The emotive issue won cross-party support at Tuesday’s monthly meeting at which presentations were made by head teachers and concerned parents against the axing of Knockmore Primary School and Dunmurry High School in August 2012.
The Council heard presentations from Acting Principal, Mrs Pamela Jones and parent representative and teacher, Mrs Fiona Darragh from Knockmore Primary School and from Mr David Mack, Parent Governor of Dunmurry High School.
The many issues raised included concerns voiced over the Seymour Hill area as one of economic need; the vulnerable children who will be affected and the loss of the long-term skills base in the Knockmore Primary School, which currently integrates its mainstream and special needs units.
Mrs Darragh’s young son Harry attends the special needs unit in Knockmore and she herself is a special needs teacher at another school. Speaking at the meeting Mrs Darragh gave a heart felt plea to fight to keep the school which speech and language and autism units are highly regarded, open.
She said: “I am disgusted by this news. We were insulted that separate meetings were held to discuss the future of the school. The segregation tactics are appalling.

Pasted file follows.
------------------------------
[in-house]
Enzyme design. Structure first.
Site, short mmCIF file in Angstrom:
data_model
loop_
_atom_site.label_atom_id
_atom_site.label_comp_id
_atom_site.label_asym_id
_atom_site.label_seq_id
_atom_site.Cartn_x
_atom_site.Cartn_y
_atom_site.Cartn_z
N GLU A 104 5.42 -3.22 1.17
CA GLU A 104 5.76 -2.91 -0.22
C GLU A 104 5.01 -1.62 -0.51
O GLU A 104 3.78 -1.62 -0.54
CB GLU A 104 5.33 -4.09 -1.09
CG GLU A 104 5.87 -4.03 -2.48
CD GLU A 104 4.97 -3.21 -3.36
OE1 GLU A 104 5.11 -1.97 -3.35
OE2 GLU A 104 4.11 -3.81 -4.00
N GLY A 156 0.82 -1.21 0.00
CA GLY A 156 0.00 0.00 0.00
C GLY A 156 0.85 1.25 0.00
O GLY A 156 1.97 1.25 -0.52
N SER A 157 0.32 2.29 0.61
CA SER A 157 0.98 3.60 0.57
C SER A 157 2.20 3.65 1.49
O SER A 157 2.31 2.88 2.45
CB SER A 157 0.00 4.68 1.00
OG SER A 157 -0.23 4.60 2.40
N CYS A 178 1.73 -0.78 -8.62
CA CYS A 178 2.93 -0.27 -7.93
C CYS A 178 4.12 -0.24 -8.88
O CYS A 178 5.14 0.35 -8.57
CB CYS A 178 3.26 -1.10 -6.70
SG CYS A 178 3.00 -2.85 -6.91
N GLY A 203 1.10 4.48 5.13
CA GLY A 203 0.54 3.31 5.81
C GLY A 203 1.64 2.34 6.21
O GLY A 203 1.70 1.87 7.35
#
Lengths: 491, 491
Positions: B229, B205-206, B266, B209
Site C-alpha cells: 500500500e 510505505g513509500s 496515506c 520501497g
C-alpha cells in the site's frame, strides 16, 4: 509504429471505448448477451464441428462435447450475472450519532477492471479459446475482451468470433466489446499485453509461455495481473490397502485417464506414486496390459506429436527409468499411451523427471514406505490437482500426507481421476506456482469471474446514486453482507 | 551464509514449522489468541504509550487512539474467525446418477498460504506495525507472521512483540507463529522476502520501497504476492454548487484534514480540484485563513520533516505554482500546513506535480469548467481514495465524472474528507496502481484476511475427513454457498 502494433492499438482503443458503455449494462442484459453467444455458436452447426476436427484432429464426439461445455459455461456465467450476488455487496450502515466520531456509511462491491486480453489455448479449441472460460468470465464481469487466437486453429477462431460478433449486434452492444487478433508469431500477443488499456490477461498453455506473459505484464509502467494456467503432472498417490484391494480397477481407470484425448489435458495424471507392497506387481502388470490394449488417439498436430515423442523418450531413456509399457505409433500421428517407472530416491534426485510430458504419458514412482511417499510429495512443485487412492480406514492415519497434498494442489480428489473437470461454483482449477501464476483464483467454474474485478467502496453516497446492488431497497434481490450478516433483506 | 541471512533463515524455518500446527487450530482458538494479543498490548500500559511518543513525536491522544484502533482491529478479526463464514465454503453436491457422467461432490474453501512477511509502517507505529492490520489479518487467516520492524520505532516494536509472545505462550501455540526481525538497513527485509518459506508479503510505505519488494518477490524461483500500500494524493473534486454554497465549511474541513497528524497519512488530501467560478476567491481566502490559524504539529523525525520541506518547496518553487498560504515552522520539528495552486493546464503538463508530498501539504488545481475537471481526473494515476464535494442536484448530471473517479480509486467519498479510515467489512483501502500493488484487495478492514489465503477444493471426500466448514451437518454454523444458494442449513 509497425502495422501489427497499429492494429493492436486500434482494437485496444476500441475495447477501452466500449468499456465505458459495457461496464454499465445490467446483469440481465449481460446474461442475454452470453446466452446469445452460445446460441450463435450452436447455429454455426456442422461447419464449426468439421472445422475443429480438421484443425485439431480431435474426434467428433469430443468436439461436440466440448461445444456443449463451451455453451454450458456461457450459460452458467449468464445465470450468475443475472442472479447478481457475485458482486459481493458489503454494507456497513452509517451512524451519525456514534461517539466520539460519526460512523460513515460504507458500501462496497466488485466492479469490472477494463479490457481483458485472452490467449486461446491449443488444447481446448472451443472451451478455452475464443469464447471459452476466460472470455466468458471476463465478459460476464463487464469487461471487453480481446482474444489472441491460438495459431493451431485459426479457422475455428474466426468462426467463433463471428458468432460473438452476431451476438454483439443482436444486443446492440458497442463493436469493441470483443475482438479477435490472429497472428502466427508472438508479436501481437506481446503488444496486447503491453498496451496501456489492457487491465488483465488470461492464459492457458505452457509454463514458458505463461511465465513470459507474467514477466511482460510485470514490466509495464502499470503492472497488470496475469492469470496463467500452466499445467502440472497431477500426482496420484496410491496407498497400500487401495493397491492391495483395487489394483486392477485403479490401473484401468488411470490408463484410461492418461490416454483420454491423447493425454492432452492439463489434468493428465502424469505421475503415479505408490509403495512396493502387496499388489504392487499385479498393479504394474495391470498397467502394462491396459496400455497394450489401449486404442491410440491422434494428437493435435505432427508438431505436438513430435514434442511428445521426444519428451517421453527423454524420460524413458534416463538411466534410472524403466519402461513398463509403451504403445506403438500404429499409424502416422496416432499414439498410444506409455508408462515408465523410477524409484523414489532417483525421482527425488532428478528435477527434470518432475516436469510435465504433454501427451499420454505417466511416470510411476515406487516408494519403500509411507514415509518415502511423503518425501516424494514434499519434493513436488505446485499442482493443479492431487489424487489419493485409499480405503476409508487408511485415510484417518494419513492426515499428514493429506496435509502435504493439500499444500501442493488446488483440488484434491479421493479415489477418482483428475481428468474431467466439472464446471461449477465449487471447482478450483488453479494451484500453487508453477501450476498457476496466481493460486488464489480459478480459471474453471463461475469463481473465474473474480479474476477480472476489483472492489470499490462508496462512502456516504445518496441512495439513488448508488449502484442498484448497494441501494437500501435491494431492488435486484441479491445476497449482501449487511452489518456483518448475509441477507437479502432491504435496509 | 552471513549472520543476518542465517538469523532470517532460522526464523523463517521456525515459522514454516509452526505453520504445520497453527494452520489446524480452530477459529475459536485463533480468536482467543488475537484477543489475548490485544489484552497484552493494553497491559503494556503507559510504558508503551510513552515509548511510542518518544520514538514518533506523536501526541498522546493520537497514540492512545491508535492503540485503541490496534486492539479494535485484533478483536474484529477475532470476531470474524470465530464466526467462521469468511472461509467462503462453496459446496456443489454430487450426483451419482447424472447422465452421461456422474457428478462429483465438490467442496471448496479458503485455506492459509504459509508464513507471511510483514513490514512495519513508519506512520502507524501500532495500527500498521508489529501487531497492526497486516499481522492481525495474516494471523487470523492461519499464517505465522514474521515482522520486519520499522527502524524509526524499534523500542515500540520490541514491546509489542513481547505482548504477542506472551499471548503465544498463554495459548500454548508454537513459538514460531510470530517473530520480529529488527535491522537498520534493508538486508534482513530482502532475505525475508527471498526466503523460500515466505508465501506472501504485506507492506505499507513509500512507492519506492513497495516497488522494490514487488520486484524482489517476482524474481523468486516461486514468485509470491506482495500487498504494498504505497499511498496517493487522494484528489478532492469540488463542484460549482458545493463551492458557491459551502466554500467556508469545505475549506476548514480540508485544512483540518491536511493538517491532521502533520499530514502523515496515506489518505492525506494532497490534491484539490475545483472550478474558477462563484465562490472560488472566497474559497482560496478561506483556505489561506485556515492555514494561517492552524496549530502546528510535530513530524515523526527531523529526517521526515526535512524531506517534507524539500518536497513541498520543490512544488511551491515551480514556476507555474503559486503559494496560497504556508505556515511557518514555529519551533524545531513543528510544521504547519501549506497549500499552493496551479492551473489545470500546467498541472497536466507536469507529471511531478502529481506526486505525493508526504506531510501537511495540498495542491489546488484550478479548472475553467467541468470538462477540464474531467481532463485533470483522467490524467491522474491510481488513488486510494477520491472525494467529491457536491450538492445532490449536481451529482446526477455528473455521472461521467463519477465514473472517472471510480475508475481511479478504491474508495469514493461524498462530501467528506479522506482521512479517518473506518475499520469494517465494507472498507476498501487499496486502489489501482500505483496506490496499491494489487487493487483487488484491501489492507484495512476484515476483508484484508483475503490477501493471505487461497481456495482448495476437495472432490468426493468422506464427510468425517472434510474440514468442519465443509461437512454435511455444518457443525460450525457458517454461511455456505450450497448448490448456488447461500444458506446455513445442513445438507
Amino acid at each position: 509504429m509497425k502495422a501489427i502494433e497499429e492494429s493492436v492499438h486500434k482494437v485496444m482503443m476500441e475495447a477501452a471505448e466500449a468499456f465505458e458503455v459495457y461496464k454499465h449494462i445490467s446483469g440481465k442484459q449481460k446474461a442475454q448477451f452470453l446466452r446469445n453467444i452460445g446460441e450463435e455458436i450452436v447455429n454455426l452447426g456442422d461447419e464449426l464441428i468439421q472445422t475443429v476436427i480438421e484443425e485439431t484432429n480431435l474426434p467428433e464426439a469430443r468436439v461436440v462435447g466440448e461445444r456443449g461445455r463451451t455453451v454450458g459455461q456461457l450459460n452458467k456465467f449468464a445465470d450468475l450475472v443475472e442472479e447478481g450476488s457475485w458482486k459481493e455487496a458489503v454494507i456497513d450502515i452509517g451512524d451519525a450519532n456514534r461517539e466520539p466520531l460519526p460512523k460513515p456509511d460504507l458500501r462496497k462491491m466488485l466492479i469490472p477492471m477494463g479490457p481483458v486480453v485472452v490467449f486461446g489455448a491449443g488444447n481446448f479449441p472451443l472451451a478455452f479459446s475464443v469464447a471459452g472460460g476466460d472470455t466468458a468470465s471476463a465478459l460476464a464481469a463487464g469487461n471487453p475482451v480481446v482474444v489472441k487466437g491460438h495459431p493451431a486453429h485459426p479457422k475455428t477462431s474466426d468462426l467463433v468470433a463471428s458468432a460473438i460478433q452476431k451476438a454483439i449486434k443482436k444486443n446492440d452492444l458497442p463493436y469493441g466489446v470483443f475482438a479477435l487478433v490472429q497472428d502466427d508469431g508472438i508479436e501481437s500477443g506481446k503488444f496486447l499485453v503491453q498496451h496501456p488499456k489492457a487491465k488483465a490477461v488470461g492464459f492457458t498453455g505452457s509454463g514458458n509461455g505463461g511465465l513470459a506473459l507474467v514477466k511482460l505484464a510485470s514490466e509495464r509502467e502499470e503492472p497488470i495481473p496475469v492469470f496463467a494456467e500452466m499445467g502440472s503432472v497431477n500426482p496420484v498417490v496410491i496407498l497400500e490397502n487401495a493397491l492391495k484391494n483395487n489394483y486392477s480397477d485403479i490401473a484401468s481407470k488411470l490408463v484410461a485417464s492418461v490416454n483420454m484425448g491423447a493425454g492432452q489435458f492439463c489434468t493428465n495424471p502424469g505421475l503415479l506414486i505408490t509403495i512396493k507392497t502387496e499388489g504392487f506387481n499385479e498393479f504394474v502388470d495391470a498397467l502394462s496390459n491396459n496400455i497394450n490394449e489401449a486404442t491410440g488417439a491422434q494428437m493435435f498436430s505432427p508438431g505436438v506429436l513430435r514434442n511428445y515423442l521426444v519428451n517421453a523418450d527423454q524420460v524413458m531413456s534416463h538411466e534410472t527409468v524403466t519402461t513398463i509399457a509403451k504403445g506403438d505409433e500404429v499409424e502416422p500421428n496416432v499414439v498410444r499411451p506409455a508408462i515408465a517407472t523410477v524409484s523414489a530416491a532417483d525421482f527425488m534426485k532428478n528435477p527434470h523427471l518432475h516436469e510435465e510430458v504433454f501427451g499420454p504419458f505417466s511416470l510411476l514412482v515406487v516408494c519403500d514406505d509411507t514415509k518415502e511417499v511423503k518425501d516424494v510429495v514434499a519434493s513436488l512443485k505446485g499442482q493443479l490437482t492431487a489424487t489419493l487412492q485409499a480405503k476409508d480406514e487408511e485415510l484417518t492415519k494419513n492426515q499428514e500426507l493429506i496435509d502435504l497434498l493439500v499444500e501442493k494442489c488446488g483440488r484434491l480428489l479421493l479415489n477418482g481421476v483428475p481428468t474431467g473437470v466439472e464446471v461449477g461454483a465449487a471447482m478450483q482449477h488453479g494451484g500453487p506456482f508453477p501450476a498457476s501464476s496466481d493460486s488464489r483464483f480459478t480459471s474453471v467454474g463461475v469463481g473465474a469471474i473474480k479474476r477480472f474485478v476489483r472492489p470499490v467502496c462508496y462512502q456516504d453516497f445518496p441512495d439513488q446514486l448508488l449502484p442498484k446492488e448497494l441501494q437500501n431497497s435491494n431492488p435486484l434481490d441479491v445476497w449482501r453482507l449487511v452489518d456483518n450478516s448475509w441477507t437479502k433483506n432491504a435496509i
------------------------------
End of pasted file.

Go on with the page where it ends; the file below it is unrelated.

“This is one school, one building, it has one board of governors and one inspection report and this is discrimination at the highest level.”
The schools are under threat of closure due to South Eastern Education and Library Board decisions.
A full debate ensued in the Council Chamber with wide cross-party support for the presentations. A notice of motion brought to the Council by Alderman Jonathan Craig, who called on the Minister for Education and the South Eastern Education and Library Board to reconsider the schools’ closure, was agreed unanimously by elected members.
The Mayor, Councillor Brian Heading, commented: “There is unanimous cross-party support for Knockmore and Dunmurry schools. On behalf of Lisburn City Council I thank the speakers from the schools for the insight they provided on this highly emotive issue. The loss of the schools would have a devastating impact on current and future pupils and on the families who need and depend on the specialist expertise provided to vulnerable children in the City.”
Written representations on the closures should be made to the South Eastern Education and Library Board by 16th November 2011. Lisburn City Council will be making its response in due course.